Thursday, 24 October 2013
I have to admit to a soft spot for John Major. Perhaps because he was a Brixton boy - he lived in a house just 10 minutes from my own on Brixton Hill - or because he, like me, was a local councillor. His widely quoted comments in Parliament on Tuesday were fascinating. A very clear passage that contains an important message deserves wider dissemination.
“Iain Duncan Smith is trying to reform benefits. I truly wish him well. But it is enormously complicated and unless he is very lucky, which he may not be, or a genius, which the last time I looked was unproven, he may get some of it wrong. I hope Iain is wise enough to listen to a wide range of opinion because some of his critics will be right. If he listens only to the bean-counters and to cheerleaders concerned only with abuse of the system then he will fail.”
And a brilliant example of what Major was talking about was illustrated this week.
The Chartered Institute for Housing have undertaken a major review of how the cap on benefits is working in one of the pilot areas; Haringey. It suggests serious problems in the rationale underpinning the reform proposals. Instead of looking carefully at the research, and considering the potential lessons, DWP dismiss the report out of hand. Indeed worse, a shocking interview on "Today" by Mike Penning MP included the suggestion by him that the BBC were showing bias by even reporting the research.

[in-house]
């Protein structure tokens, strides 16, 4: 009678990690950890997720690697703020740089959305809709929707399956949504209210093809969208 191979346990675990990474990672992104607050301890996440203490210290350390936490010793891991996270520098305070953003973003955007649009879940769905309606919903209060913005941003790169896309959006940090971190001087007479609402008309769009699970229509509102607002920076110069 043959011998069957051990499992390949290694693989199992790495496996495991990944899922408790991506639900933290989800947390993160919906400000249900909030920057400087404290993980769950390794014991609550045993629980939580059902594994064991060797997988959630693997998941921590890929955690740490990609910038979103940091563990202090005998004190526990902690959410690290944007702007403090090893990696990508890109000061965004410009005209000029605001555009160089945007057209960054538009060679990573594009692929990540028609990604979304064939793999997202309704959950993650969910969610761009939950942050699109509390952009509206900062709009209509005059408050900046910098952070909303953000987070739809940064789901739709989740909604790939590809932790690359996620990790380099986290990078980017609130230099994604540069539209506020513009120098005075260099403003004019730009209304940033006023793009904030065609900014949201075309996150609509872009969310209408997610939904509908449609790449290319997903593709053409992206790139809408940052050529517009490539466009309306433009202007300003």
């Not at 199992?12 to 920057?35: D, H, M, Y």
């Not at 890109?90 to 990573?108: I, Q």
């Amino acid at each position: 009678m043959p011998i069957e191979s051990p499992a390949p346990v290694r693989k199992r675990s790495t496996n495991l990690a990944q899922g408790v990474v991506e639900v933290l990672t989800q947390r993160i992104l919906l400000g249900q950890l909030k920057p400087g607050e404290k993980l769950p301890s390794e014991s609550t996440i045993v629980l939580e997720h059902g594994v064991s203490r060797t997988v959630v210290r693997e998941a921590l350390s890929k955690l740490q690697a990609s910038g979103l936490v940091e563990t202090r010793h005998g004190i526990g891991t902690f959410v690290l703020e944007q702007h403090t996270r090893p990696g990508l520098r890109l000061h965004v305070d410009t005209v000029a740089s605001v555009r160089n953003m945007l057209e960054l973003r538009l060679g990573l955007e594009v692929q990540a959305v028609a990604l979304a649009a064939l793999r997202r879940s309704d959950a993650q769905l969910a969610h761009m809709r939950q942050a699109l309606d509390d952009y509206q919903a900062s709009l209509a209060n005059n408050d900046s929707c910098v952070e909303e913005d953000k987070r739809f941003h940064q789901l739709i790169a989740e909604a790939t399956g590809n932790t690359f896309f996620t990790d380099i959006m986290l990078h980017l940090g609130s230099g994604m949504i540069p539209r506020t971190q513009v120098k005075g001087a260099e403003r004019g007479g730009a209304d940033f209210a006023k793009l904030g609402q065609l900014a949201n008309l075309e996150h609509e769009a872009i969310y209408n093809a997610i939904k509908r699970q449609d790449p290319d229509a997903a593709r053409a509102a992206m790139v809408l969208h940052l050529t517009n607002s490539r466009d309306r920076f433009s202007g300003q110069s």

Politicians of all parties do the democratic process huge damage when they are not prepared to engage in proper debate, and show they are open to the "range of opinions" that John Major was talking about. Likewise Departments must avoid acquiring a track record of dismissing alternative views and attacking critics. We need evidence-based policy making.
Charities' role, when working on the front line, is to bring those alternative views and the evidence of the impact of policies to politicians' attention. Politicians ignore them at their - and the country's - peril.
Just look at the recent ATOS experience. Charities have continued to highlight abuse and poor decision-making by this company. Government and the DWP should listen - and act. Not deny the evidence and castigate the organisations collecting it to highlight abuse .
This is yet another reason why the sector must be on guard. Not just on the well publicised damage promised by the Lobbying Bill, but on attacks on our 'professional' campaigning role. Someone must stand up for evidence.